The Fiscal Cliff and the Estate Tax

Christopher L Cauble

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Estate Planning Attorney

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The “Fiscal Cliff" negotiations are done and the law has been signed. Many people know about the affects of the income tax on the wealthy and the expiration of the payroll tax on Americans. However, what happened to the Estate Tax? Also, what should people do to plan if they may be affected by the estate tax? Bottom line - the estate tax exemption, lifetime gift tax exemption and generation skipping transfer tax exemption will each be $5.25 million for 2013 and indexed for inflation in later years, and the tax rate will be 40%. “Portability" of the of the estate tax on married couples was made permanent.

What does “portability" mean?

Portability of the federal estate tax exemption between married couples means that if the first spouse dies and the value of his or her estate does not require the use all of his or her federal exemption from estate taxes, then the amount of the exemption that was not used for the deceased spouse's estate may be transferred to the surviving spouse's exemption so that he or she can use the deceased spouse's unused exemption plus his or her own exemption when the surviving spouse later dies.

Some examples using numbers should help to illustrate the concept of portability of the federal estate tax exemption between spouses:

Result Without Portability

Assume Sam and Jane are married and have all of their property and assets are jointly held and their net worth is $8,000,000, Sam dies first and the federal estate tax exemption is $5,250,000 on the date of his death, and portability of the estate tax exemption between spouses is not in effect:

Under these facts, when Sam dies his estate will not need to use any of his $5,250,000 estate tax exemption since all of the assets are jointly titled and the unlimited marital deduction will allow

Bob's share of the joint property to be automatically transferred to Jane by right of survivorship without incurring any federal estate taxes.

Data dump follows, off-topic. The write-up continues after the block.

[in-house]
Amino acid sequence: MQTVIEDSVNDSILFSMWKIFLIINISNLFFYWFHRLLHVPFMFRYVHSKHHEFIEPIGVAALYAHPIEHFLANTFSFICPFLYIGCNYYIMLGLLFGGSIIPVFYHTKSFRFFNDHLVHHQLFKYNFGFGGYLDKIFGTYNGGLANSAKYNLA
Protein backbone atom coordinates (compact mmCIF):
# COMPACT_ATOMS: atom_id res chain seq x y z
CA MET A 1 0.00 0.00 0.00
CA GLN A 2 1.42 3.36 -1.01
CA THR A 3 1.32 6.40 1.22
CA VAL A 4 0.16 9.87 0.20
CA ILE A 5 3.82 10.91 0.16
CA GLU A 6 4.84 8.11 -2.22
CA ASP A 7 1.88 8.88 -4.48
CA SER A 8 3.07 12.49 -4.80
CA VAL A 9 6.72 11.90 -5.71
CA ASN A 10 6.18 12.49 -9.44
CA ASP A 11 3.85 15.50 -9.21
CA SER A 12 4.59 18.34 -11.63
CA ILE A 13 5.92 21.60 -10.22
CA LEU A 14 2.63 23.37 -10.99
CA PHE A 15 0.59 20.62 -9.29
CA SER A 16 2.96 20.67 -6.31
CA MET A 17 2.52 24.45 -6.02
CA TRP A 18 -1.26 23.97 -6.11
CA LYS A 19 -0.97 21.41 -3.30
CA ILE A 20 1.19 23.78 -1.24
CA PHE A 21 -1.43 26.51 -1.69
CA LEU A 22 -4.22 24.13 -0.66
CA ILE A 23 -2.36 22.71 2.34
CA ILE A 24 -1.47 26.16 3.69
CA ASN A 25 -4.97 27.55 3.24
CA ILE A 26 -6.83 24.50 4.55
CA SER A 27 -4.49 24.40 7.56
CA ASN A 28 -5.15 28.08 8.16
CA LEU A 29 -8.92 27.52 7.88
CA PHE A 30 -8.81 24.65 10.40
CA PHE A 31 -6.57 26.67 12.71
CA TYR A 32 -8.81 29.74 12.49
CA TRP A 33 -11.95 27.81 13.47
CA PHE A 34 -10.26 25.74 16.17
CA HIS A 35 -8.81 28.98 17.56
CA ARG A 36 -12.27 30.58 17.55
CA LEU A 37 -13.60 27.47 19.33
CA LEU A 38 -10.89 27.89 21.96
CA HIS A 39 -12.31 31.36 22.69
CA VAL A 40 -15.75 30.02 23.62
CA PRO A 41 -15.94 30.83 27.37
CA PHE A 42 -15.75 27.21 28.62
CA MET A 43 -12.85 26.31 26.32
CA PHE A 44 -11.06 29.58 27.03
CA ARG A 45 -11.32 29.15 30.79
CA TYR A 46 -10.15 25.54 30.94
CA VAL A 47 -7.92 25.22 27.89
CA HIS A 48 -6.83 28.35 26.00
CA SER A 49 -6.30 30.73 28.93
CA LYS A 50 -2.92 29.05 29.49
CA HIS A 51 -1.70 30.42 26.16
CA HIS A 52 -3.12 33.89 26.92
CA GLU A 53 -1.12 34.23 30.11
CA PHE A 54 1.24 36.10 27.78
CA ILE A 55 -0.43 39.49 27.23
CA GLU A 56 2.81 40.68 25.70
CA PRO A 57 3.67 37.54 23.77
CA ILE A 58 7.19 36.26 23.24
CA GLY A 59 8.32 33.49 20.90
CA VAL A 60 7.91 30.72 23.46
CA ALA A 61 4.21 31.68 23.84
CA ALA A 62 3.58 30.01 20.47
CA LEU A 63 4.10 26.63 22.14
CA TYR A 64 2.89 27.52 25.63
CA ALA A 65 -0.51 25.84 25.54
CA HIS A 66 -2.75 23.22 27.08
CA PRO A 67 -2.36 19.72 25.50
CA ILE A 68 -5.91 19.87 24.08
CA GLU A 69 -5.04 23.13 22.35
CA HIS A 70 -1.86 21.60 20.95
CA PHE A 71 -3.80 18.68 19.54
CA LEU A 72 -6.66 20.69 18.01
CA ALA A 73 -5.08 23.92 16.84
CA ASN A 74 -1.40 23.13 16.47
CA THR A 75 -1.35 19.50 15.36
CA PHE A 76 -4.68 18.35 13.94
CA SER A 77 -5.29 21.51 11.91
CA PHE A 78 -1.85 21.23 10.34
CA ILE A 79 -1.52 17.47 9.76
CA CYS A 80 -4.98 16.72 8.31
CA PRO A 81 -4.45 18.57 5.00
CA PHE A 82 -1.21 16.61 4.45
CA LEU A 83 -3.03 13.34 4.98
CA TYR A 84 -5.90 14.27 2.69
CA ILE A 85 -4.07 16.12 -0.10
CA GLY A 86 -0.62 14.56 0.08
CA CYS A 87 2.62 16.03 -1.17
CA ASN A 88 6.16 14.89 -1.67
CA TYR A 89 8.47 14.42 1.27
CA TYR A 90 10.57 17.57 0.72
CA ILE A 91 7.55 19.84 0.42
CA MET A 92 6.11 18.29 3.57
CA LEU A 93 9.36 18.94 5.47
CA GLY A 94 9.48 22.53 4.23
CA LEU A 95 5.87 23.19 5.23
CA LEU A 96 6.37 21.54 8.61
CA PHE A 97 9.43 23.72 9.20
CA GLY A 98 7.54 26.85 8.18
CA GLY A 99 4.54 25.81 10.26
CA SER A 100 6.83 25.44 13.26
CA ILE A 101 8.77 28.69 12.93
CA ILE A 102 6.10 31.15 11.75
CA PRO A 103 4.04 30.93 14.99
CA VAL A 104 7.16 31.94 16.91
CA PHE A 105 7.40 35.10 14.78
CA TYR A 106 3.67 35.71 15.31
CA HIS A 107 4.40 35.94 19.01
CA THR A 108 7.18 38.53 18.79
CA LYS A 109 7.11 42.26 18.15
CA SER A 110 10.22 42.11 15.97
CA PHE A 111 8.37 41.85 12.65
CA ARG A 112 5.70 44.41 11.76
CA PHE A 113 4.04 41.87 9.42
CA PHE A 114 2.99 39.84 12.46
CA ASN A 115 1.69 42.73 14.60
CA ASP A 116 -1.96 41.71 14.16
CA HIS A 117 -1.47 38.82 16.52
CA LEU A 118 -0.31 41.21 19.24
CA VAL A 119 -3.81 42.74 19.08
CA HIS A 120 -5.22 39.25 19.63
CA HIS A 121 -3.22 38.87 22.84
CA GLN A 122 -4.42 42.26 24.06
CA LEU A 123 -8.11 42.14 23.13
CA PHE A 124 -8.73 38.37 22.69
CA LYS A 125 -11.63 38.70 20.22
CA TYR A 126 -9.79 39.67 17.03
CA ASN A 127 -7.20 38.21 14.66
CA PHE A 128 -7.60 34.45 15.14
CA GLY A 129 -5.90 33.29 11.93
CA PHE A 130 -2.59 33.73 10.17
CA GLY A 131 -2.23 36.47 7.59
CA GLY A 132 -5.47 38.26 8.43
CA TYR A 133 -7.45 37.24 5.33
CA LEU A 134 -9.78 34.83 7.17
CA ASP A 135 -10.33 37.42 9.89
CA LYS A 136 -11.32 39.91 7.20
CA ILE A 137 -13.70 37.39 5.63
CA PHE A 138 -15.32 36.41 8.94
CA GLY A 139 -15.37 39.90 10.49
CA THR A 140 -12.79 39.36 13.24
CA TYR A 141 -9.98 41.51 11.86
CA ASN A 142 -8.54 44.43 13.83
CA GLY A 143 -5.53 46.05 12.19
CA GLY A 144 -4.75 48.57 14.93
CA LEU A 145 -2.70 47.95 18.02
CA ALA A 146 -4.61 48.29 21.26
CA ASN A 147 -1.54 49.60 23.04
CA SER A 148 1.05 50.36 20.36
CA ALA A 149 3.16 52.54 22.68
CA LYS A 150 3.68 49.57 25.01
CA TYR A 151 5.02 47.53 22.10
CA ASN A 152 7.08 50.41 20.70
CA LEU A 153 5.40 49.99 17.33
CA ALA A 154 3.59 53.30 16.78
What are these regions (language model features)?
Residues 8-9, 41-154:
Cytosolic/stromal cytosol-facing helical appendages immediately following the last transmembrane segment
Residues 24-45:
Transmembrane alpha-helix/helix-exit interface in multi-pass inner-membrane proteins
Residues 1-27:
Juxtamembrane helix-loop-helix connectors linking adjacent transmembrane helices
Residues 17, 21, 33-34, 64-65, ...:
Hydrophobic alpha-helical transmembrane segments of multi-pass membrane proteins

Assume that at the time of Sue's later death the federal estate tax exemption is still $5,250,000, the estate tax rate is 40%, and Sue's estate is still worth $8,000,000.

With Sam's $5,250,000 estate tax exemption completely wasted, when Sue later dies she can only pass on $5,250,000 free from federal estate taxes. Thus, Sue's estate will owe about $1,100,000 in estate taxes after her death:

$8,000,000 estate - $5,250,000 exemption = $2,750,000 taxable estate

$2,750,000 taxable estate x 40% estate tax rate = $1,100,000

Result With Portability

Assume Sam and Jane are married and have all of their assets jointly titled and their net worth is $8,000,000, Sam dies first and the federal estate tax exemption is $5,250,000 on the date of Sam's death, and portability of the estate tax exemption between spouses is in effect:

As above, when Bob dies his estate will not need to use any of his $5,250,000 estate tax exemption since all of the assets are jointly titled and the unlimited marital deduction allows for the automatic transfer of Bob's share of the joint assets to Sue by right of survivorship and without incurring any federal estate taxes.

Assume that at the time of Sue's later death the federal estate tax exemption is still $5,250,000, the estate tax rate is 40%, and Sue's estate is still worth $8,000,000.

Enter portability of the estate tax exemption - Using the concept of portability of the estate tax exemption between spouses, under these facts Sam's unused $5,250,000 estate tax exemption will be added to Sam's $5,250,000 exemption, in turn giving Sam a $10,500,000 exemption.

Since jane has "inherited" Bob's unused estate tax exemption and she can pass on $10,500,000 free from federal estate taxes at the time of her death, Jane's $8,000,000 estate will not owe any federal estate taxes at all:

$8,000,000 estate - $10,500,000 exemption = $0 taxable estate

Thus, portability of the estate tax exemption will save the heirs of Sam and Jane about $1,100,000 in estate taxes.

Please note that Jane will not automatically "inherit" Sam's unused exemption; instead, she must timely file IRS Form 706, United States Estate and Generation Skipping Transfer) Tax Return, in order to make an affirmative election to add Sam's unused exemption to her exemption.

Of course, these examples illustrate how portability of the estate tax exemption between spouses really works in the same way that the AB Trust system works but without the need for setting up AB Trusts.

(Illustrations/examples borrowed from What is the Portability of the Estate Tax Exemption? Julie Garber)

What Planning should you do?

If you have significant assets that subject you estate tax exposure, you should talk to an attorney or accountant about planning. The actions of Congress did protect many Americans from potential exposure. However, Many Americans are still potentially impacted by Federal estate taxes. Additionally, many states have estate taxes. For instance, Oregon estates have a threshold of 1 million dollars with NO portability. Congress also eliminated the revenue sharing aspect of the estate tax. This may cause other states, like California, to pass their own estate tax legislation in order to replace their lost revenue. Based on this, smaller estates may be subject to estate taxes again.

Additional Resources

http://www.forbes.com/sites/deborahljacobs/2013/01/02/after-the-fiscal-cliff-deal-estate-and-gift-tax-explained/

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